• Cholesterol level monitoring
  • Blood pressure monitoring and controlling
  • Periodic blood sugar level checks to keep track
Treatment options include:

  • Prescribed diabetes medication
  • Insulin injections in a few cases
  • Healthy, prescribed diet
  • Regular exercise
  • Cholesterol & Blood pres level monitoring
  • Blood pressure monitoring and controlling
  • Periodic blood sugar level checks to keep track
15. Usually, diagnosis is linked to high levels of ketone. Diagnosis is usually linked to high blood pressure and/or cholesterol levels.
16. Risk factors include:

  • Family history
  • Genetics and age
  • Exposure to viruses like mumps virus, Coxsackie virus, Epstein-Barr virus and ycytomegalovirus
  • Low Vitamin D in the body.
  • Drinking water containing nitrates.
  • Early exposure to cow’s milk.
  • Early exposure to infant formulas.
Risk factors include:

  • Family history – if any family member has it, there is a risk.
  • Age – the older a person, higher are his or her chances of getting type two diabetes.
  • Body weight
  • Distribution of fat in body.
  • Race and ethnicity
  • Lack of exercise
  • Gestational diabetes.
  • Certain medical conditions like Polycystic ovarian syndrome.
17. Complications that can occur as a result of this type of diabetes are:

  • Nerve damage
  • Kidney damage
  • Vision issues
  • Cardiovascular diseases
  • Pregnancy complications
  • Foot damage
  • Erectile dysfunction in men
  • Dry vagina in women
  • Teeth and gum related issues
Complications that can occur as a result of this type of diabetes are:

  • Nerve & kidney damage
  • Lowered immunity
  • Vision issues
  • Cardiovascular diseases
  • Foot damage
  • Skin diseases & infections.
  • Hearing impairment
  • Increased chances of Alzheimer’s disease

Prevention Choices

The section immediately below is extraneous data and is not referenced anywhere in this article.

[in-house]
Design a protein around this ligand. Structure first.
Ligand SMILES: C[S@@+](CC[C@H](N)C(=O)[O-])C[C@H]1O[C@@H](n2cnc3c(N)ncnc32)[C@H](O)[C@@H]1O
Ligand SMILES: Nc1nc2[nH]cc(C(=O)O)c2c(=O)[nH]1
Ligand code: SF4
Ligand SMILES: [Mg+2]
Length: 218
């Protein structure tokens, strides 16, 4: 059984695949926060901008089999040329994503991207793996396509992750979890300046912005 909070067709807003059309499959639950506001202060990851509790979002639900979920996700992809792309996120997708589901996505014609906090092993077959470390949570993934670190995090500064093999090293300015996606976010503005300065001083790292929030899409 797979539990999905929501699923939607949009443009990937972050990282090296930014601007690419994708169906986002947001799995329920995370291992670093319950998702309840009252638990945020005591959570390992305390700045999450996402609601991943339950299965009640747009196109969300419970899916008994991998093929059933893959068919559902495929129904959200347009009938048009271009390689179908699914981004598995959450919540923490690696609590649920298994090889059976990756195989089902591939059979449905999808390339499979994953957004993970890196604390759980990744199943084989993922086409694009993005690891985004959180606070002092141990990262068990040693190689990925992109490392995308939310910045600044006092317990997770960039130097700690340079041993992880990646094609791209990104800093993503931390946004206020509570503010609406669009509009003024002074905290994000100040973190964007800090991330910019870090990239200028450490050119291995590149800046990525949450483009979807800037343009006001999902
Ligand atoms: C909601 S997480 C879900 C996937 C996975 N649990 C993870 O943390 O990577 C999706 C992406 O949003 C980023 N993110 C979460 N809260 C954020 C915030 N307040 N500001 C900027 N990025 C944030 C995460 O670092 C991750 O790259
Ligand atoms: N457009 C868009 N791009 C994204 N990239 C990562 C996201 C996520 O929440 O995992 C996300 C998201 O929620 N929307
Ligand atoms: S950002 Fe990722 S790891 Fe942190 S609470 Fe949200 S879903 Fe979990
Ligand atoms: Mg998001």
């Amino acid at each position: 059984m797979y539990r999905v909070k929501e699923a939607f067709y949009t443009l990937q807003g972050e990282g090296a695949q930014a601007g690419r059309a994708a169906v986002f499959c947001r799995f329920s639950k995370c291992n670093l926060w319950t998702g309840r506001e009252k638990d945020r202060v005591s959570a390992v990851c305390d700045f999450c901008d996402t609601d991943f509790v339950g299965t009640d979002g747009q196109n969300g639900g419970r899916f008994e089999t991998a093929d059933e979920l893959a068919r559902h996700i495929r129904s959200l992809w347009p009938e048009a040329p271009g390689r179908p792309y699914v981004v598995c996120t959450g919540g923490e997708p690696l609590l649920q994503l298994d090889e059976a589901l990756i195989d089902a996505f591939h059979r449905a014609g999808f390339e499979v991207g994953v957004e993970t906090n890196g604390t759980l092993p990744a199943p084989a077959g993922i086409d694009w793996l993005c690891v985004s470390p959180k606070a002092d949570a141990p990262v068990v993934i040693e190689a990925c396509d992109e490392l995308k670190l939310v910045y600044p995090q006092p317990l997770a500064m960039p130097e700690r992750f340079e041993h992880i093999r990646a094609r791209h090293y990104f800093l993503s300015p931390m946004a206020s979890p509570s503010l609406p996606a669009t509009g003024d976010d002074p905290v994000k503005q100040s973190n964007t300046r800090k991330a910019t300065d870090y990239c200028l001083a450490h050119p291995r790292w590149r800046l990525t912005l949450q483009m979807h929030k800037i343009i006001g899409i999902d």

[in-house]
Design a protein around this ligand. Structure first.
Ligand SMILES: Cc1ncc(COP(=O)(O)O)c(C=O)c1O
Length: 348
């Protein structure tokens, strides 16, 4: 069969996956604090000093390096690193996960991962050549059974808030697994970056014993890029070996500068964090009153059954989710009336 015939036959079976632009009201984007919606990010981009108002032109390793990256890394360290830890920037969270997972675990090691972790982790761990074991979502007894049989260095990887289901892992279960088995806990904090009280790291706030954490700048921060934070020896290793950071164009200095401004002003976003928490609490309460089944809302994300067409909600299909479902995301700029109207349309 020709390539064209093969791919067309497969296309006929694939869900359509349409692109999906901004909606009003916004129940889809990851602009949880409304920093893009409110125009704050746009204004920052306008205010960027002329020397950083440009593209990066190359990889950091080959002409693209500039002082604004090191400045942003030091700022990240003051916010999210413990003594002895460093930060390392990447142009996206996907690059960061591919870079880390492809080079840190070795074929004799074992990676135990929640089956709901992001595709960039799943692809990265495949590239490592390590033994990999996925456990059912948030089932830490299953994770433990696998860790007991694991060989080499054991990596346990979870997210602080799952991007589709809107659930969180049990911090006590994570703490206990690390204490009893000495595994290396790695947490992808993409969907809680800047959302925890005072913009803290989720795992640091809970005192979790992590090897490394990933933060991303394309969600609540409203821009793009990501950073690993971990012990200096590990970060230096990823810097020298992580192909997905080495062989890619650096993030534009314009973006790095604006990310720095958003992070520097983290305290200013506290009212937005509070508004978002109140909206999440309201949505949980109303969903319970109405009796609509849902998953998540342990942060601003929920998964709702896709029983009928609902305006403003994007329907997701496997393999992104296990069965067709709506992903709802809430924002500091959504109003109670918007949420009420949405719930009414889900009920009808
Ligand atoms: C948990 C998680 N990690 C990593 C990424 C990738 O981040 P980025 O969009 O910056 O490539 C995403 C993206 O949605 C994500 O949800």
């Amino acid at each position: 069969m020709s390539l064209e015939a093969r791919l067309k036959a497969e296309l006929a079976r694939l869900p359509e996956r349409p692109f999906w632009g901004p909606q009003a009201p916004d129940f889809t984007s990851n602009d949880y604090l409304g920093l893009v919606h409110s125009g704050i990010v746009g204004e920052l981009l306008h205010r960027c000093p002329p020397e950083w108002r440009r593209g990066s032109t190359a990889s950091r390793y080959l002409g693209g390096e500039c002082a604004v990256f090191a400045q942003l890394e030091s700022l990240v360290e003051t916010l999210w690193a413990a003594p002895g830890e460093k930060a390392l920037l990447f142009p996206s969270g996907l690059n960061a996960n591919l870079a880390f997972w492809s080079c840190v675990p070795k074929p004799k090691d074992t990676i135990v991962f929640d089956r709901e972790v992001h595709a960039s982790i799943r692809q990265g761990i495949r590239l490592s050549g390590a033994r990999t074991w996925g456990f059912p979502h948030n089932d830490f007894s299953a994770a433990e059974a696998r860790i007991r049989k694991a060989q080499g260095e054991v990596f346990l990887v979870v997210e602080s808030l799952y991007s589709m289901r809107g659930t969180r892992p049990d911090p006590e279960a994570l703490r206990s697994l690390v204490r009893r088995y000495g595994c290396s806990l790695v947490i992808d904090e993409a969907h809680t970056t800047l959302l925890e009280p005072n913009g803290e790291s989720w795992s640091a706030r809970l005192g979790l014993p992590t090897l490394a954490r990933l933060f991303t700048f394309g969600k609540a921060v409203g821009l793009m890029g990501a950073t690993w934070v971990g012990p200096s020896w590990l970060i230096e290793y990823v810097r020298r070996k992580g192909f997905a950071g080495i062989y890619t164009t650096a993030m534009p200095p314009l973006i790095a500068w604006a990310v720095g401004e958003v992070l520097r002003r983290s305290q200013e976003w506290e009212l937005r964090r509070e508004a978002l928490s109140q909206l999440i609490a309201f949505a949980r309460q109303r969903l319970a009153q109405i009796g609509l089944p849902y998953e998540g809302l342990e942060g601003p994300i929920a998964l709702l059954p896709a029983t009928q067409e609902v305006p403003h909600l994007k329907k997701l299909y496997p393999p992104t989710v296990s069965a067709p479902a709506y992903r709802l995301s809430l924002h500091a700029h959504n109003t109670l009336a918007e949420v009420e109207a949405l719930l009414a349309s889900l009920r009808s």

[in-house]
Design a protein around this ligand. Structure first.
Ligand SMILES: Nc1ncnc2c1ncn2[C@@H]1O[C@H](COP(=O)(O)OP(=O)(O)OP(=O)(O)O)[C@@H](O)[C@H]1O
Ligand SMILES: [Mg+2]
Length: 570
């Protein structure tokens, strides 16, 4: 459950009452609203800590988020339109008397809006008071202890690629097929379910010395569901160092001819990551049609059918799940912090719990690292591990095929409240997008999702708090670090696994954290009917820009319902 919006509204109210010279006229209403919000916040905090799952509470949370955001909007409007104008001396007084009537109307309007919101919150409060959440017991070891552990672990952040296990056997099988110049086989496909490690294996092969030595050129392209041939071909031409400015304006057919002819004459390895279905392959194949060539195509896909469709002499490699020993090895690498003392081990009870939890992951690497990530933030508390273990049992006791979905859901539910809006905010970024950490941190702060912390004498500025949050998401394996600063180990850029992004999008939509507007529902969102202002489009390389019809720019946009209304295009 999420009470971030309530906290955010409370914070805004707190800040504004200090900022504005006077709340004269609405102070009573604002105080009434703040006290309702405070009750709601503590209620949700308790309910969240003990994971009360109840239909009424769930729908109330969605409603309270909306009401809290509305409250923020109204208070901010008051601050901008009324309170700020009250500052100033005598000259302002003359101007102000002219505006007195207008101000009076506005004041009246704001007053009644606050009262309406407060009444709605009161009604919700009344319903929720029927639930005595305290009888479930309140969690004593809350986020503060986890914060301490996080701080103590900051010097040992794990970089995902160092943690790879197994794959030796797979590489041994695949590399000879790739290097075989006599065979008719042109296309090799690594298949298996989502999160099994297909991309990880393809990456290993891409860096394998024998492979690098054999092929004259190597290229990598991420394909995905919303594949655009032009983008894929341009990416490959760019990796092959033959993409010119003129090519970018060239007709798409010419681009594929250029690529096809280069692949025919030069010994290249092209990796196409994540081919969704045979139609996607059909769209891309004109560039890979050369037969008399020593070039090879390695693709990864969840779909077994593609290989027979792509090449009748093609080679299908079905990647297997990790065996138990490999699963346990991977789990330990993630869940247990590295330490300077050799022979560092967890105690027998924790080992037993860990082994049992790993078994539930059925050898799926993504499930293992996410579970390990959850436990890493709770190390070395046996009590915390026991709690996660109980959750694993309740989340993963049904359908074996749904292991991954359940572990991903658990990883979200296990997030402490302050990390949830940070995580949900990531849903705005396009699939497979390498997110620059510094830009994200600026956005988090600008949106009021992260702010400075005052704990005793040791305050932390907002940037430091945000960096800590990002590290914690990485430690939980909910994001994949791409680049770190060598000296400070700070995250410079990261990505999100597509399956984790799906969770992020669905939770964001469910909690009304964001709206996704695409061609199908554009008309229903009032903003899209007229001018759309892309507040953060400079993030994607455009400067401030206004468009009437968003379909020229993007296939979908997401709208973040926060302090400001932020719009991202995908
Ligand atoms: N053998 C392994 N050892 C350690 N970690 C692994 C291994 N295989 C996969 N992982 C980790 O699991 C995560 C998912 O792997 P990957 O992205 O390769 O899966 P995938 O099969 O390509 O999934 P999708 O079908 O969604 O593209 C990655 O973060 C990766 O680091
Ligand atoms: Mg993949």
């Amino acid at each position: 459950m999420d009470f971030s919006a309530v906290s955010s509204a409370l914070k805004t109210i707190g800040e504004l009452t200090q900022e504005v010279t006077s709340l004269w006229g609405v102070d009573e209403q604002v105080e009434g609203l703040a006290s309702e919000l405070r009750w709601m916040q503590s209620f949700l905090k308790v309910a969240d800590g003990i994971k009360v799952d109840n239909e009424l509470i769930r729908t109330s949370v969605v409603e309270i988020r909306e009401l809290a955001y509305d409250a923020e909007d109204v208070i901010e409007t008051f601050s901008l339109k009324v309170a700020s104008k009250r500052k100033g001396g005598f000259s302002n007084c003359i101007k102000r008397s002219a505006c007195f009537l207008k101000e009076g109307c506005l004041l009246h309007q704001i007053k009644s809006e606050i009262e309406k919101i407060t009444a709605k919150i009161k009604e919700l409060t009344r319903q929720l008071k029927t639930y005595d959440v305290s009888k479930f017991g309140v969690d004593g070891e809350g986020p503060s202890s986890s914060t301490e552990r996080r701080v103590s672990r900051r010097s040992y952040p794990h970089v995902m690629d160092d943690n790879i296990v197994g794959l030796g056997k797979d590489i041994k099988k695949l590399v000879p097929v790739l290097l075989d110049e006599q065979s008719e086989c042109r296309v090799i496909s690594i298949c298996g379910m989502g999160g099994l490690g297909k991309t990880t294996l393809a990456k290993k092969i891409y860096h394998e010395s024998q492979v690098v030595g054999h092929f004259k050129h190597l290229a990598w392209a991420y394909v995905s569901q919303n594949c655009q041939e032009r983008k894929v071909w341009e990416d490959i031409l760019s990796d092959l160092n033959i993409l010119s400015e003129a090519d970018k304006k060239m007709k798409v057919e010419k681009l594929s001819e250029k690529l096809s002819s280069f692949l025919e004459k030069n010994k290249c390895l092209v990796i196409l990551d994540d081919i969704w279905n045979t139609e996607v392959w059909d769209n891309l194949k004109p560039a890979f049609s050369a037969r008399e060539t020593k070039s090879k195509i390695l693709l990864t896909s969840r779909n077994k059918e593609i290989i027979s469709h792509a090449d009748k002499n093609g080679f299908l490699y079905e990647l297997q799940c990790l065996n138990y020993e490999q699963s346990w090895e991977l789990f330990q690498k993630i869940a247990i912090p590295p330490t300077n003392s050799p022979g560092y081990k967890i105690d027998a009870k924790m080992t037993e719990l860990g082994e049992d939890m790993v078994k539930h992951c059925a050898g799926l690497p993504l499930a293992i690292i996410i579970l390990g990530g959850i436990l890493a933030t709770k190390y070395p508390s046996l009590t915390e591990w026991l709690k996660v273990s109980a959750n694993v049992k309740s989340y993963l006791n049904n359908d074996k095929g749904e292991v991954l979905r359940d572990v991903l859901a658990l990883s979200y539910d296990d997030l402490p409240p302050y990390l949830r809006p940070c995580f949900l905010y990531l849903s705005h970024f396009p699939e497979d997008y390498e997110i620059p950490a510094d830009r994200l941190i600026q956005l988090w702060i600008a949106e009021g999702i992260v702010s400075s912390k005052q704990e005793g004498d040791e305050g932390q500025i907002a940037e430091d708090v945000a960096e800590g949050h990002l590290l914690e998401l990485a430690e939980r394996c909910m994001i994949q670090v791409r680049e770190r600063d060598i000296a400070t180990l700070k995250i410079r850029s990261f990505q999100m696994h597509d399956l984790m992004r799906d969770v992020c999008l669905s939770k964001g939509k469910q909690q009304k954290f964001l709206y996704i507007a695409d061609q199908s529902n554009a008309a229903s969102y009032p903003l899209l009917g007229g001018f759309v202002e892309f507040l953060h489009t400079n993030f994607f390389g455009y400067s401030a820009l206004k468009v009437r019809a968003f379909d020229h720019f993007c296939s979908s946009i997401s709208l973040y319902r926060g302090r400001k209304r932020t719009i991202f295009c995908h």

Many symptoms are common to both type 1 and type 2 diabetes, though there are distinctive differences as listed above. Prevention or cure of type 1 diabetes is not possible as has already been mentioned above. However, the complication arising out of this condition can be controlled and managed to a certain extent. This requires knowledge and training as taking insulin injections are necessary. Hence, patients or the caretakers will have to understand and follow the guidelines for the same. A few options to follow:

  • Taking prescribed medicines as per routine
  • Maintain a healthy diet and lifestyle
  • Regular exercise
  • Stress reduction
  • Constant monitoring of low as well as high blood sugar levels; this helps in reducing risks of vision damage as well.
  • Taking care of your skin and body and ensuring proper medical treatment regarding any cuts and sores
  • Constant checks for heart and kidney functions

Also Read : Does Insulin Cause Weight Gain

Type 2 diabetes is a progressive disease, and the prevention choices for this are:

  • Maintain a good, healthy lifestyle
  • Manage your weight
  • Follow a balanced and healthy diet
  • Include exercise in your daily schedule
  • Eat more of fresh foods and salads and decrease intake of processed foods
  • Quit smoking if you are a smoker
  • Limit alcohol intake
  • Periodic checks for blood pressure and other relevant health checkups for early detection just in case.